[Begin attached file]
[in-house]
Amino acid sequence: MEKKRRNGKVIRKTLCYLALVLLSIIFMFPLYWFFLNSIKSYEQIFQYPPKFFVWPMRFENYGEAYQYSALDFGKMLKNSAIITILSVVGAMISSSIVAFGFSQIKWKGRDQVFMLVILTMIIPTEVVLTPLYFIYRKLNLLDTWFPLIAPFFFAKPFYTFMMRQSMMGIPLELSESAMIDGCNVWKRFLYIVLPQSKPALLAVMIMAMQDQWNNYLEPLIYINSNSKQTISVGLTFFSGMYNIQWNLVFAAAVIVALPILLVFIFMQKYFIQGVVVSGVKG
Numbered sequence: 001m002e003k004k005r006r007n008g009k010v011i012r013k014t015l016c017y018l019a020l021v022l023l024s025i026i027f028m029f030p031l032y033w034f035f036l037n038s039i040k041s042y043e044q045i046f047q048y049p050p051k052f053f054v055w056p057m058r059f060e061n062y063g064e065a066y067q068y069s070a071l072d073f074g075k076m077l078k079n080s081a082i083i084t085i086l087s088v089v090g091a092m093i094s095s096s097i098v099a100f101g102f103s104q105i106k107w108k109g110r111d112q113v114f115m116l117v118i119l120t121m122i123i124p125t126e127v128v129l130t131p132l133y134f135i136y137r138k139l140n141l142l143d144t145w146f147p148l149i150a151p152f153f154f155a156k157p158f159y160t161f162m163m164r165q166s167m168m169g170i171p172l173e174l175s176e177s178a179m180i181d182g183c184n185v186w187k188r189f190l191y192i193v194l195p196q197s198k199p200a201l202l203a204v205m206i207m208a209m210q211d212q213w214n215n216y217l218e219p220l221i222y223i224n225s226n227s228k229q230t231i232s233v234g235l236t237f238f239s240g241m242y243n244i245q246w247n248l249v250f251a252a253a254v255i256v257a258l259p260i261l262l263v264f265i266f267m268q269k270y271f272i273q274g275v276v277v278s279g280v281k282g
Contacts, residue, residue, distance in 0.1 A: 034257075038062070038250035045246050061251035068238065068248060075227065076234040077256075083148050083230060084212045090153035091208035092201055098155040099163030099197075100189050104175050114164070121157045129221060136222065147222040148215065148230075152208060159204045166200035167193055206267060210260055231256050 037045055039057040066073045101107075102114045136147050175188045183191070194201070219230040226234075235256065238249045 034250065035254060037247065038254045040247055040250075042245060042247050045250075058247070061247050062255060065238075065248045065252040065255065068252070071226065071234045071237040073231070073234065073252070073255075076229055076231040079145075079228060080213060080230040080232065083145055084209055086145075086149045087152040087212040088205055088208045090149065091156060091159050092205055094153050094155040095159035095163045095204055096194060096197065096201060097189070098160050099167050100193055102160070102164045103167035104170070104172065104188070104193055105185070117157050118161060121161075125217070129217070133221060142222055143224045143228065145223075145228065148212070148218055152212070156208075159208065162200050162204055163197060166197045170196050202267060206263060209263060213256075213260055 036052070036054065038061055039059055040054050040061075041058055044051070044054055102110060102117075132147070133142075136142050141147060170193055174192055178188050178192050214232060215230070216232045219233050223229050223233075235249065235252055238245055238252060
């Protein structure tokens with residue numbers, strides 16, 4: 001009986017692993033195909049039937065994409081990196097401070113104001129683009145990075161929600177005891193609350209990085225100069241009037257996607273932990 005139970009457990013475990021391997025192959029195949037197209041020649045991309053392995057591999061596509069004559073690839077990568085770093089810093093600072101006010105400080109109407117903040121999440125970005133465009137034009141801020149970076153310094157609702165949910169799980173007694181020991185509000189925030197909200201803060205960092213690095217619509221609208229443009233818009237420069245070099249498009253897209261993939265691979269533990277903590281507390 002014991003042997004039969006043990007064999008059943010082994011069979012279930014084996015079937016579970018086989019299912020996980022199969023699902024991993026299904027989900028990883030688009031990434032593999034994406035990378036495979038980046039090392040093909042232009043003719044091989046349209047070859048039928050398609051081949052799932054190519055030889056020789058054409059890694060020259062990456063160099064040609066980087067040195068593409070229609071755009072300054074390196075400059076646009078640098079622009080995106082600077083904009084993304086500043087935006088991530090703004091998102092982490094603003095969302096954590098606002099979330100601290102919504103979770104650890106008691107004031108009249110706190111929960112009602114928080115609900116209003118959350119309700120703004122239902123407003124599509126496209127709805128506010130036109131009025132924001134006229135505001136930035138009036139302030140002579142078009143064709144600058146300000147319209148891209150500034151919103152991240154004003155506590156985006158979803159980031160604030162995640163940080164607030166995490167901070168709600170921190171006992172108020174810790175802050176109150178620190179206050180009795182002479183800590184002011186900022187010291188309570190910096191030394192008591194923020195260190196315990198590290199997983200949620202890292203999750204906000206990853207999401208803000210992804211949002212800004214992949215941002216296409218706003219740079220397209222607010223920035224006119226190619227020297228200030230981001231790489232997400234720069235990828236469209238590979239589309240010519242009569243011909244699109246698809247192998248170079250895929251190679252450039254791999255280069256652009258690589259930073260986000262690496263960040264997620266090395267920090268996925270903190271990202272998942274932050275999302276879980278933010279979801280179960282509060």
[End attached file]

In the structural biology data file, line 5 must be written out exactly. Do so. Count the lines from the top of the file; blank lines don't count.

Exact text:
């Protein structure tokens with residue numbers, strides 16, 4: 001009986017692993033195909049039937065994409081990196097401070113104001129683009145990075161929600177005891193609350209990085225100069241009037257996607273932990 005139970009457990013475990021391997025192959029195949037197209041020649045991309053392995057591999061596509069004559073690839077990568085770093089810093093600072101006010105400080109109407117903040121999440125970005133465009137034009141801020149970076153310094157609702165949910169799980173007694181020991185509000189925030197909200201803060205960092213690095217619509221609208229443009233818009237420069245070099249498009253897209261993939265691979269533990277903590281507390 002014991003042997004039969006043990007064999008059943010082994011069979012279930014084996015079937016579970018086989019299912020996980022199969023699902024991993026299904027989900028990883030688009031990434032593999034994406035990378036495979038980046039090392040093909042232009043003719044091989046349209047070859048039928050398609051081949052799932054190519055030889056020789058054409059890694060020259062990456063160099064040609066980087067040195068593409070229609071755009072300054074390196075400059076646009078640098079622009080995106082600077083904009084993304086500043087935006088991530090703004091998102092982490094603003095969302096954590098606002099979330100601290102919504103979770104650890106008691107004031108009249110706190111929960112009602114928080115609900116209003118959350119309700120703004122239902123407003124599509126496209127709805128506010130036109131009025132924001134006229135505001136930035138009036139302030140002579142078009143064709144600058146300000147319209148891209150500034151919103152991240154004003155506590156985006158979803159980031160604030162995640163940080164607030166995490167901070168709600170921190171006992172108020174810790175802050176109150178620190179206050180009795182002479183800590184002011186900022187010291188309570190910096191030394192008591194923020195260190196315990198590290199997983200949620202890292203999750204906000206990853207999401208803000210992804211949002212800004214992949215941002216296409218706003219740079220397209222607010223920035224006119226190619227020297228200030230981001231790489232997400234720069235990828236469209238590979239589309240010519242009569243011909244699109246698809247192998248170079250895929251190679252450039254791999255280069256652009258690589259930073260986000262690496263960040264997620266090395267920090268996925270903190271990202272998942274932050275999302276879980278933010279979801280179960282509060």